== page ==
Summary: 'User research' has become a catch-all phrase to mean user testing in many organizations. User research has two main activities: usability testing and field studies. Defining your design research with only a validation exercise (testing) misses the essential discovery of user needs, pain points and desires that Ethnographic Field Studies provide. User research should always mean more than just user testing!
How are you defining user research?
Many organizations we work with and UX designers we provide training for, tell us they do 'user research'. Once we dig deeper, we find they are defining user research as user testing. This means only half of UX insights are actually making it to your team.
The two main types of user research your team needs access to:
1) User Testing: Usability testing provides validation of system usability: ease of use, ease of learning, ease of understanding etc. User testing is essential to gaining feedback iteratively throughout a product development lifecycle. In usability testing you test tasks. Tasks performance is the #1 way you measure success.
2) Field Studies: User interviews and observations give you a day-in-the-life view of the context of use surrounding the tasks measured above. Observing users solving their problems with and without your technology is powerful. Context research reveals habits, problem-solving, decision-making, motivations and pain points. An "ethnography" (culture study) reveals what the tasks should be in the first place, based on user priority.
A common problem many teams run into when conducting usability testing is the question: What are the user's tasks we should test? To understand user tasks, you need to conduct field studies, or at the very least conduct some quick phone interviews (if time or budget do not permit a full field study).
What teams look like who practice full user research...
A team that only or mostly does user testing looks like this...
- Knows how easy a design or UI is!
- Can measure the robustness of a feature or functionality.
- Understands confusions and errors users are likely to make.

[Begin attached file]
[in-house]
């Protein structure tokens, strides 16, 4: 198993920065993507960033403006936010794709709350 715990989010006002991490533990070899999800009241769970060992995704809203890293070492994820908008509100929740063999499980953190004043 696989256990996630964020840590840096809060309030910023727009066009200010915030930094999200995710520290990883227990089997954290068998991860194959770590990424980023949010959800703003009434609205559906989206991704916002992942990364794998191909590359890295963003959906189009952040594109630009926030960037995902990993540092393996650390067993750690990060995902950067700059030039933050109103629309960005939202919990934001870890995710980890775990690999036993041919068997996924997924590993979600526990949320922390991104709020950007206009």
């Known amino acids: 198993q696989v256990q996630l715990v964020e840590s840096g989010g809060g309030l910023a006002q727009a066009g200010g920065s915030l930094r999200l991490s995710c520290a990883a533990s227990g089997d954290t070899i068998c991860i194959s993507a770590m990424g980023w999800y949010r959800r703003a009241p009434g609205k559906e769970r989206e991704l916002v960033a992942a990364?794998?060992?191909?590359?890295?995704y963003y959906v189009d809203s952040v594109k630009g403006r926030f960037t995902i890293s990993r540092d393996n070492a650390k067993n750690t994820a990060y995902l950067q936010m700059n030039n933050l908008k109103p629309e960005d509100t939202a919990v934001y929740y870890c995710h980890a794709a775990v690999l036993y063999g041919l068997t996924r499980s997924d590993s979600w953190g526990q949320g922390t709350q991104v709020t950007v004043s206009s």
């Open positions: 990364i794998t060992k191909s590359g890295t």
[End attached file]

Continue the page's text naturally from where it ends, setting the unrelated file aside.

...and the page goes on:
- Finds issues or weak areas in a design concept or existing design.
- Doesn't know if the features and functionality are the correct ones that will lead to conversion, adoption or engagement.
A team that does field studies as well as user testing looks like this...
All of the above (user testing) as well as:
- Knows how likely users (Personas) will be to use a feature and which users it will appeal to.
- Can identify tasks, goals, problems users are trying to solve in the first place (along User Journeys).
- Understands the motivation (external and internal) of users to engage with a UI.
- Knows what UI a user needs and when and why they need it.
- Can identify helpful new features and functionality based on user workflow or priorities.
Why both research types are important
In UX, usability testing gives you usability. Field studies give you desirability. This explains one of our favorite quotes from the grandfather of User Centered Design, Don Norman, who said "Ease of use is the easy part, getting desirability right is what really matters" (paraphrased).
To be clear, how your team understands and practices "User Research" is extremely important to how much value you get out of your UX efforts. The definitions above are not just what we practice at Experience Dynamics on our client projects, they are industry standard and are meticulously defined in the ISO standards for Human Centered Design.
So, if you're doing user research meaning user testing, you're missing half the insights. Start by adjusting your definition and practices. Remember that an Outside-In Design approach comes from learning outside the office, not only by inviting users to your office to watch them use your product.
Conclusion: What is important is not just how someone is using your product, as much as why, when and where they are using it. In the order of UX ROI and impact, context of use is actually more important than ease of use.